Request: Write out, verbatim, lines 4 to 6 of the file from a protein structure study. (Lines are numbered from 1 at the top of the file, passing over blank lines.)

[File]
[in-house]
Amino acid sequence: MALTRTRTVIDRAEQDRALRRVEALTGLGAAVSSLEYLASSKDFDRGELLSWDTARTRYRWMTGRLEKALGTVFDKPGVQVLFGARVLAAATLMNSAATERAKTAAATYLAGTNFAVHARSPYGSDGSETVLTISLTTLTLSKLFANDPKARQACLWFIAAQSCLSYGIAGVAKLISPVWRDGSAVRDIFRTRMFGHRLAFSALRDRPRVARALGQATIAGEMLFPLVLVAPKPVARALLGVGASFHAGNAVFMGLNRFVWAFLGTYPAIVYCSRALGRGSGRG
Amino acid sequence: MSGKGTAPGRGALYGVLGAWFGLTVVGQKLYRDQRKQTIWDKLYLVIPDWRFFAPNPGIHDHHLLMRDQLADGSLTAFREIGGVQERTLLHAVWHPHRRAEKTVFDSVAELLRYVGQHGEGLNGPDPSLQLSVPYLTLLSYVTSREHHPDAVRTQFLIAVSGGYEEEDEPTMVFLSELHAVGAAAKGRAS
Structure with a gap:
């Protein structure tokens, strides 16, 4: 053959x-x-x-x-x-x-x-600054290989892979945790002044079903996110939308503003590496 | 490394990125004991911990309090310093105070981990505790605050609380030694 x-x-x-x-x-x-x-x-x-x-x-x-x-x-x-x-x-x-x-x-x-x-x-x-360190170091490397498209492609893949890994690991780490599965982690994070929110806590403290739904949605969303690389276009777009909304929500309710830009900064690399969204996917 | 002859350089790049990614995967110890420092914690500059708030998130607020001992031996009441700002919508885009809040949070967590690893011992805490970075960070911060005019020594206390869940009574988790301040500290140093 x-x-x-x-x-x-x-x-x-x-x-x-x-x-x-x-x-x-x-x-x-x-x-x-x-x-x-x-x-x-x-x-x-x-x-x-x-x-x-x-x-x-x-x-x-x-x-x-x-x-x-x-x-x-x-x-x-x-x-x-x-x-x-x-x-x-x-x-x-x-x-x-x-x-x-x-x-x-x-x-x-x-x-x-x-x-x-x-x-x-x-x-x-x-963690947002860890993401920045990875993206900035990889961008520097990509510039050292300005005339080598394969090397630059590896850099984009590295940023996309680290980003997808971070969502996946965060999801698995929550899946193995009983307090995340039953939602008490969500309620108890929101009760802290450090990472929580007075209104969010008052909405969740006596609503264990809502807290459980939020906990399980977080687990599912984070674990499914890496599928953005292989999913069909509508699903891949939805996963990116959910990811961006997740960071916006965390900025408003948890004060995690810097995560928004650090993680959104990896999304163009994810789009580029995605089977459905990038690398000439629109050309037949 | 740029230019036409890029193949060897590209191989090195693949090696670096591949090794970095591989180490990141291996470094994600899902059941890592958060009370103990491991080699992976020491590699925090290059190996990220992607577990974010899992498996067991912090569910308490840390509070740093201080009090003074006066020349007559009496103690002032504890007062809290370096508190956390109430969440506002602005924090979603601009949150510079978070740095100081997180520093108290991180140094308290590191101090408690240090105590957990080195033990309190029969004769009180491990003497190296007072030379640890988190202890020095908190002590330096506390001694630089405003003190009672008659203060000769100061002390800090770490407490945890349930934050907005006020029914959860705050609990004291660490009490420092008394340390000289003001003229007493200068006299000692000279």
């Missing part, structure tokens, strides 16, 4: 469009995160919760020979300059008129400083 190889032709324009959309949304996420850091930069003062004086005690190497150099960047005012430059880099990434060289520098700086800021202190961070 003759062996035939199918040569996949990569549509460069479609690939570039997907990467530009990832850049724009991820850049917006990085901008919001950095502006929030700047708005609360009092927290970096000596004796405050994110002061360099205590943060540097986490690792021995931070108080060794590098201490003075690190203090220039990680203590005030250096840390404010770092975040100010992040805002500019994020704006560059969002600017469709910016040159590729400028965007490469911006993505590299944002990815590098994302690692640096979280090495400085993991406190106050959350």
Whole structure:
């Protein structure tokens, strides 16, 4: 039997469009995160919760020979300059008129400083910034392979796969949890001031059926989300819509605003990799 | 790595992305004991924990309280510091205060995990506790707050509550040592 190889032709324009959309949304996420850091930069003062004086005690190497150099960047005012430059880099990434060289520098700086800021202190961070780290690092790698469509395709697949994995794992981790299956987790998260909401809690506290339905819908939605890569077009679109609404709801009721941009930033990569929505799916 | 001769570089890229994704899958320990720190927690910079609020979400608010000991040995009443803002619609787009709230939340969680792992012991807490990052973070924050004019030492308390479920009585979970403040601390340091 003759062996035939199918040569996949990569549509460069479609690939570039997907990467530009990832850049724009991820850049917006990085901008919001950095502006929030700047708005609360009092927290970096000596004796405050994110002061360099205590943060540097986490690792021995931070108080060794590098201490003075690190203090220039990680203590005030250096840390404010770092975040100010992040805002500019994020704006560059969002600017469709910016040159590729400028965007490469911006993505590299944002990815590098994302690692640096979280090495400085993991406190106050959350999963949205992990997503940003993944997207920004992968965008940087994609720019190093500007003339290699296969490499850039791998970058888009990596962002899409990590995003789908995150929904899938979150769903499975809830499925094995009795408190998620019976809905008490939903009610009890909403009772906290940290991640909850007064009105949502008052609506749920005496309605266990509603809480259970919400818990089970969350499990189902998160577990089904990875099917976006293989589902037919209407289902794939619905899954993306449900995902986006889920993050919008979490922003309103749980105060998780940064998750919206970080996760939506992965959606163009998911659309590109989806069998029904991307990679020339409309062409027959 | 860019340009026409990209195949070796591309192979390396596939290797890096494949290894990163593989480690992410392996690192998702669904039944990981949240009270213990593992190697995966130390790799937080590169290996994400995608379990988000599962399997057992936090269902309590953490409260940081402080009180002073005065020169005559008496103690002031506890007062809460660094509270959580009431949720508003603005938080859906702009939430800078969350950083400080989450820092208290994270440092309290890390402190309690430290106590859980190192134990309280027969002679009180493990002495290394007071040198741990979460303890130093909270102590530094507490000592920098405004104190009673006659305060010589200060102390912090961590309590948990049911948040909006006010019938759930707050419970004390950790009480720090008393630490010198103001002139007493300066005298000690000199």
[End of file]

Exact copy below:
Structure with a gap:
């Protein structure tokens, strides 16, 4: 053959x-x-x-x-x-x-x-600054290989892979945790002044079903996110939308503003590496 | 490394990125004991911990309090310093105070981990505790605050609380030694 x-x-x-x-x-x-x-x-x-x-x-x-x-x-x-x-x-x-x-x-x-x-x-x-360190170091490397498209492609893949890994690991780490599965982690994070929110806590403290739904949605969303690389276009777009909304929500309710830009900064690399969204996917 | 002859350089790049990614995967110890420092914690500059708030998130607020001992031996009441700002919508885009809040949070967590690893011992805490970075960070911060005019020594206390869940009574988790301040500290140093 x-x-x-x-x-x-x-x-x-x-x-x-x-x-x-x-x-x-x-x-x-x-x-x-x-x-x-x-x-x-x-x-x-x-x-x-x-x-x-x-x-x-x-x-x-x-x-x-x-x-x-x-x-x-x-x-x-x-x-x-x-x-x-x-x-x-x-x-x-x-x-x-x-x-x-x-x-x-x-x-x-x-x-x-x-x-x-x-x-x-x-x-x-x-963690947002860890993401920045990875993206900035990889961008520097990509510039050292300005005339080598394969090397630059590896850099984009590295940023996309680290980003997808971070969502996946965060999801698995929550899946193995009983307090995340039953939602008490969500309620108890929101009760802290450090990472929580007075209104969010008052909405969740006596609503264990809502807290459980939020906990399980977080687990599912984070674990499914890496599928953005292989999913069909509508699903891949939805996963990116959910990811961006997740960071916006965390900025408003948890004060995690810097995560928004650090993680959104990896999304163009994810789009580029995605089977459905990038690398000439629109050309037949 | 740029230019036409890029193949060897590209191989090195693949090696670096591949090794970095591989180490990141291996470094994600899902059941890592958060009370103990491991080699992976020491590699925090290059190996990220992607577990974010899992498996067991912090569910308490840390509070740093201080009090003074006066020349007559009496103690002032504890007062809290370096508190956390109430969440506002602005924090979603601009949150510079978070740095100081997180520093108290991180140094308290590191101090408690240090105590957990080195033990309190029969004769009180491990003497190296007072030379640890988190202890020095908190002590330096506390001694630089405003003190009672008659203060000769100061002390800090770490407490945890349930934050907005006020029914959860705050609990004291660490009490420092008394340390000289003001003229007493200068006299000692000279």
């Missing part, structure tokens, strides 16, 4: 469009995160919760020979300059008129400083 190889032709324009959309949304996420850091930069003062004086005690190497150099960047005012430059880099990434060289520098700086800021202190961070 003759062996035939199918040569996949990569549509460069479609690939570039997907990467530009990832850049724009991820850049917006990085901008919001950095502006929030700047708005609360009092927290970096000596004796405050994110002061360099205590943060540097986490690792021995931070108080060794590098201490003075690190203090220039990680203590005030250096840390404010770092975040100010992040805002500019994020704006560059969002600017469709910016040159590729400028965007490469911006993505590299944002990815590098994302690692640096979280090495400085993991406190106050959350």